Space mission shows Earth’s water may come from asteroids: study

Space mission shows Earth's water may come from asteroids: study

Hayabusa-2 returned to Earth orbit two years ago to drop off a capsule containing the sample.

Water may have been brought to Earth by asteroids from the outer edges of the solar system, scientists said after analyzing rare samples collected on a six-year Japanese space mission.

In a quest to shed light on the origins of life and the formation of the universe, researchers are examining material brought back to Earth in 2020 from the asteroid Ryugu.

The 5.4 grams (0.2 ounces) of rocks and dust were picked up by a Japanese space probe, called Hayabusa-2, which landed on the celestial body and fired an “impactor” at its surface.

Studies of the material are beginning to be published, and in June a group of researchers said they had found organic material showing that some of the building blocks of life on Earth, amino acids, may have formed in space .

In a new article published in the journal Astronomy of naturescientists said samples from Ryugu could provide clues to the mystery of how oceans appeared on Earth billions of years ago.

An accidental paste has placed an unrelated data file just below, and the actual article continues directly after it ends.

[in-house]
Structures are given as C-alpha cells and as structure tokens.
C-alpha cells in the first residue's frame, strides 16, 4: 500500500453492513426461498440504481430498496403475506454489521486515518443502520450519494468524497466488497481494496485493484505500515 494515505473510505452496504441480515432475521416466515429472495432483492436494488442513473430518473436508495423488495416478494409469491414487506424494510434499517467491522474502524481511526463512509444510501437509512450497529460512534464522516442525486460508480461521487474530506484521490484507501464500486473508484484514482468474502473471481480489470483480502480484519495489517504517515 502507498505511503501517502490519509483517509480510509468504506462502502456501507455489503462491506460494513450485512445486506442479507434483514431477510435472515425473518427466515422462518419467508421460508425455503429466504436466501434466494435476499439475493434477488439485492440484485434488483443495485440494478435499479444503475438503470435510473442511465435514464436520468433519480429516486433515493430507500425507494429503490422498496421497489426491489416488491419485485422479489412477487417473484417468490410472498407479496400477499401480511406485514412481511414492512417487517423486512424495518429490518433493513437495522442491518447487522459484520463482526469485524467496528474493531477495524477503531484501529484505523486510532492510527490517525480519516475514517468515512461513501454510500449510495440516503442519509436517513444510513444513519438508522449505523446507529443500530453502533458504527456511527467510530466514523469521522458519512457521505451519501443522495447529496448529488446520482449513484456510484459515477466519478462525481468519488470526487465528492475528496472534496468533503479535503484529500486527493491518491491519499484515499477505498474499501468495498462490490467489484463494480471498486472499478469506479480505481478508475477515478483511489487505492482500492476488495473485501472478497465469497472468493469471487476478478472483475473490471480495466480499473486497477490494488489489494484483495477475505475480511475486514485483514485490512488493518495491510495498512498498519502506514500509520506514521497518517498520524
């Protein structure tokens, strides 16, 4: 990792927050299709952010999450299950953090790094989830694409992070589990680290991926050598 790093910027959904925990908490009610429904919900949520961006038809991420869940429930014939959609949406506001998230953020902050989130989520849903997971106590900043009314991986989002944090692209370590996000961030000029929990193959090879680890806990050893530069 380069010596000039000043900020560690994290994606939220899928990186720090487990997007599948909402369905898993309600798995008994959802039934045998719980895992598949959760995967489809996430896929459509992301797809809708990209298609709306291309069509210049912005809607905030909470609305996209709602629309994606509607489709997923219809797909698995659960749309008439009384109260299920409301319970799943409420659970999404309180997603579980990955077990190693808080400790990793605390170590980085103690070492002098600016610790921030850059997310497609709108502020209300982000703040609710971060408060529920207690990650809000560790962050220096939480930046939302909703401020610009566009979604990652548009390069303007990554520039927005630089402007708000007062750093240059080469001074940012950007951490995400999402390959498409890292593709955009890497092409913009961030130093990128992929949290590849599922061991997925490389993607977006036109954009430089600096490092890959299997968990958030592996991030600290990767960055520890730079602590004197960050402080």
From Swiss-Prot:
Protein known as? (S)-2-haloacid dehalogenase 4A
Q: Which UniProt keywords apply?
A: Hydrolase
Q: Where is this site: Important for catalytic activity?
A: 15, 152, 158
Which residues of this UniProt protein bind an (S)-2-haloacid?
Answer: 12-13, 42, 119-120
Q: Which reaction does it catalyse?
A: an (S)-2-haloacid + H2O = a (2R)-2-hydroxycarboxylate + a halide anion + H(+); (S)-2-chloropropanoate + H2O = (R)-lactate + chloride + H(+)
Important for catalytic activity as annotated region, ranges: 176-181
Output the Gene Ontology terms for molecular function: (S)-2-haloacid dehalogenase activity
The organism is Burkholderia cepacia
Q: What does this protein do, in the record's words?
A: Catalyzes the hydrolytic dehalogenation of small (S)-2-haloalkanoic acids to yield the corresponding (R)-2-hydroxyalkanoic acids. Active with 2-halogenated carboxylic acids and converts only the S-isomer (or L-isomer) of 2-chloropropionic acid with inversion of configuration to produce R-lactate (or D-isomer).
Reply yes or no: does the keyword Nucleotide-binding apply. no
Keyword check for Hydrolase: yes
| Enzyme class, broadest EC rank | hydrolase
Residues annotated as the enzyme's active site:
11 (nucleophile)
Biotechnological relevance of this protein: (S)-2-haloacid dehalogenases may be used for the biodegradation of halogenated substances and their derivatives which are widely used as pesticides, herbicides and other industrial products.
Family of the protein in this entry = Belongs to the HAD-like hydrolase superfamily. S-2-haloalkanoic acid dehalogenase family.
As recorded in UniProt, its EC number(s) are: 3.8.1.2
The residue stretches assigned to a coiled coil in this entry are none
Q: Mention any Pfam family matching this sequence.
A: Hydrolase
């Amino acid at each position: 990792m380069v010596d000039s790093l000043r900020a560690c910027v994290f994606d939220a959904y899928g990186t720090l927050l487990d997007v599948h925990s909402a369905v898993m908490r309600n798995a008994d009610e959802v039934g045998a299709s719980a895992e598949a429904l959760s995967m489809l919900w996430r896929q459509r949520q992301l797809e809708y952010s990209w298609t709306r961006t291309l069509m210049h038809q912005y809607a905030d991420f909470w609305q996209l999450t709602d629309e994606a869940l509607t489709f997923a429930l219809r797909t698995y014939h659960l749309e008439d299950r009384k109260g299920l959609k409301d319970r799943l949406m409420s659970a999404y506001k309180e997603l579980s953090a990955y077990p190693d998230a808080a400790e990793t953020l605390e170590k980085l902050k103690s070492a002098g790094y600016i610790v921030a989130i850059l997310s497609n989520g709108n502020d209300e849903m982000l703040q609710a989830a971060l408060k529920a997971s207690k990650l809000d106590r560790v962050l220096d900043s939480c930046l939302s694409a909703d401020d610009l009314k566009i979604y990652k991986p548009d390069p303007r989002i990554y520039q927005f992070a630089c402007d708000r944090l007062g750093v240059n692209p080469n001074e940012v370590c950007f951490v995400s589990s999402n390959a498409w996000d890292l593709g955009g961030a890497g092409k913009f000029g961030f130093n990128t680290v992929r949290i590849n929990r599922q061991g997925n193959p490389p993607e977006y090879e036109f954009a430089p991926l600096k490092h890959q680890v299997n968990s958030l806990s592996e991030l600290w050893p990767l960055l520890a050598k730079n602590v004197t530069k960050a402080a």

“Volatile, organic-rich C-type asteroids may have been one of Earth’s main sources of water,” said the study by scientists from Japan and other countries, published Monday.

“Delivery of volatiles (i.e., organics and water) to Earth is still a matter of considerable debate,” he said.

Asteroid dust collected by the Hayabusa-2 probe

Chart showing how Japan’s Hayabusa-2 spacecraft dropped asteroid samples back to Earth in December 2020 before starting a new mission.

But the organic materials found “in the Ryugu particles, identified in this study, likely represent an important source of volatiles.”

The scientists hypothesized that this material likely has an “outer Solar System origin,” but said it was “unlikely to be the only source of volatiles delivered to the early Earth.”

Hayabusa-2 launched in 2014 on its mission to Ryugu, about 300 million kilometers away, and returned to Earth orbit two years ago to drop off a capsule containing the sample.

In the Astronomy of nature study, the researchers again praised the findings the mission made possible.

“Ryugu particles are undoubtedly among the most uncontaminated Solar System materials available for laboratory study, and ongoing investigations of these precious samples will undoubtedly expand our understanding of early processes in the System Solar,” the study said.


Asteroid samples contain ‘clues to origin of life’: Japanese scientists


More information:
Motoo Ito et al, A pristine record of outer Solar System materials from the returned sample of asteroid Ryugu, Astronomy of nature (2022). DOI: 10.1038/s41550-022-01745-5

© 2022 AFP

Summons: Space mission shows Earth’s water may come from asteroids: study (2022, August 16) retrieved August 16, 2022 from https://phys.org/news/2022-08- space-mission-earth-asteroids.html

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